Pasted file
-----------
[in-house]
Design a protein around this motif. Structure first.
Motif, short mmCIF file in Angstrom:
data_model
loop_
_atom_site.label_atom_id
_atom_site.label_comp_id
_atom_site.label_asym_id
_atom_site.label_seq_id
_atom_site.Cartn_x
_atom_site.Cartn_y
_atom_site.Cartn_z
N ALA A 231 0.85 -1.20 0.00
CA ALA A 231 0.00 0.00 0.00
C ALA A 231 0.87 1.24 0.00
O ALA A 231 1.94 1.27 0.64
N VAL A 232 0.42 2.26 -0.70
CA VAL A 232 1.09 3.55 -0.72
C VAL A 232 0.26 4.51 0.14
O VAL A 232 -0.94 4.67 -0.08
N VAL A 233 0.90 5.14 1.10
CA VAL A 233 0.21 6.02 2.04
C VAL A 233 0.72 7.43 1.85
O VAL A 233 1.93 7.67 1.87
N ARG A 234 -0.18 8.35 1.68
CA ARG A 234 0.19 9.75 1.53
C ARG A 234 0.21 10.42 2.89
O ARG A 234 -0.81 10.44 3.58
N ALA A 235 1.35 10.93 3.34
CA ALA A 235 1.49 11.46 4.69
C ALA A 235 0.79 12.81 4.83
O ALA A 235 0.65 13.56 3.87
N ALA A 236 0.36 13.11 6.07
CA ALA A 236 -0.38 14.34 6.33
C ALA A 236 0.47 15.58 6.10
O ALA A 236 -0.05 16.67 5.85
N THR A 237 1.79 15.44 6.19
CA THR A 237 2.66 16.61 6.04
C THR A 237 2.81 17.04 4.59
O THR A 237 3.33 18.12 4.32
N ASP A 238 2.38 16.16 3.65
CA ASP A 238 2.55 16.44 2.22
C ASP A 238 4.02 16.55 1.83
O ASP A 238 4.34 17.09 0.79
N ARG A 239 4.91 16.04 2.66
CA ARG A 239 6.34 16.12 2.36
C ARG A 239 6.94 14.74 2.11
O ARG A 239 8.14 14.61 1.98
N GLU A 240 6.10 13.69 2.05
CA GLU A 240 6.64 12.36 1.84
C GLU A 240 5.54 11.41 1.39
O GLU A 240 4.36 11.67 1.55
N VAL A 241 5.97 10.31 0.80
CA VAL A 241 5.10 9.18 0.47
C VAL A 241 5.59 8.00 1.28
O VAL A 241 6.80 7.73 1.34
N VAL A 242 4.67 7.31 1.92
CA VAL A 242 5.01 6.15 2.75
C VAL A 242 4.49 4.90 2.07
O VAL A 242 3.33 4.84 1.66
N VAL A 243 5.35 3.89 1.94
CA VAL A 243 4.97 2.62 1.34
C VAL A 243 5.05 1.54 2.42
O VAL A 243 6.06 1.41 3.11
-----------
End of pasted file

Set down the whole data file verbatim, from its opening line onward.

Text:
[in-house]
Design a protein around this motif. Structure first.
Motif, short mmCIF file in Angstrom:
data_model
loop_
_atom_site.label_atom_id
_atom_site.label_comp_id
_atom_site.label_asym_id
_atom_site.label_seq_id
_atom_site.Cartn_x
_atom_site.Cartn_y
_atom_site.Cartn_z
N ALA A 231 0.85 -1.20 0.00
CA ALA A 231 0.00 0.00 0.00
C ALA A 231 0.87 1.24 0.00
O ALA A 231 1.94 1.27 0.64
N VAL A 232 0.42 2.26 -0.70
CA VAL A 232 1.09 3.55 -0.72
C VAL A 232 0.26 4.51 0.14
O VAL A 232 -0.94 4.67 -0.08
N VAL A 233 0.90 5.14 1.10
CA VAL A 233 0.21 6.02 2.04
C VAL A 233 0.72 7.43 1.85
O VAL A 233 1.93 7.67 1.87
N ARG A 234 -0.18 8.35 1.68
CA ARG A 234 0.19 9.75 1.53
C ARG A 234 0.21 10.42 2.89
O ARG A 234 -0.81 10.44 3.58
N ALA A 235 1.35 10.93 3.34
CA ALA A 235 1.49 11.46 4.69
C ALA A 235 0.79 12.81 4.83
O ALA A 235 0.65 13.56 3.87
N ALA A 236 0.36 13.11 6.07
CA ALA A 236 -0.38 14.34 6.33
C ALA A 236 0.47 15.58 6.10
O ALA A 236 -0.05 16.67 5.85
N THR A 237 1.79 15.44 6.19
CA THR A 237 2.66 16.61 6.04
C THR A 237 2.81 17.04 4.59
O THR A 237 3.33 18.12 4.32
N ASP A 238 2.38 16.16 3.65
CA ASP A 238 2.55 16.44 2.22
C ASP A 238 4.02 16.55 1.83
O ASP A 238 4.34 17.09 0.79
N ARG A 239 4.91 16.04 2.66
CA ARG A 239 6.34 16.12 2.36
C ARG A 239 6.94 14.74 2.11
O ARG A 239 8.14 14.61 1.98
N GLU A 240 6.10 13.69 2.05
CA GLU A 240 6.64 12.36 1.84
C GLU A 240 5.54 11.41 1.39
O GLU A 240 4.36 11.67 1.55
N VAL A 241 5.97 10.31 0.80
CA VAL A 241 5.10 9.18 0.47
C VAL A 241 5.59 8.00 1.28
O VAL A 241 6.80 7.73 1.34
N VAL A 242 4.67 7.31 1.92
CA VAL A 242 5.01 6.15 2.75
C VAL A 242 4.49 4.90 2.07
O VAL A 242 3.33 4.84 1.66
N VAL A 243 5.35 3.89 1.94
CA VAL A 243 4.97 2.62 1.34
C VAL A 243 5.05 1.54 2.42
O VAL A 243 6.06 1.41 3.11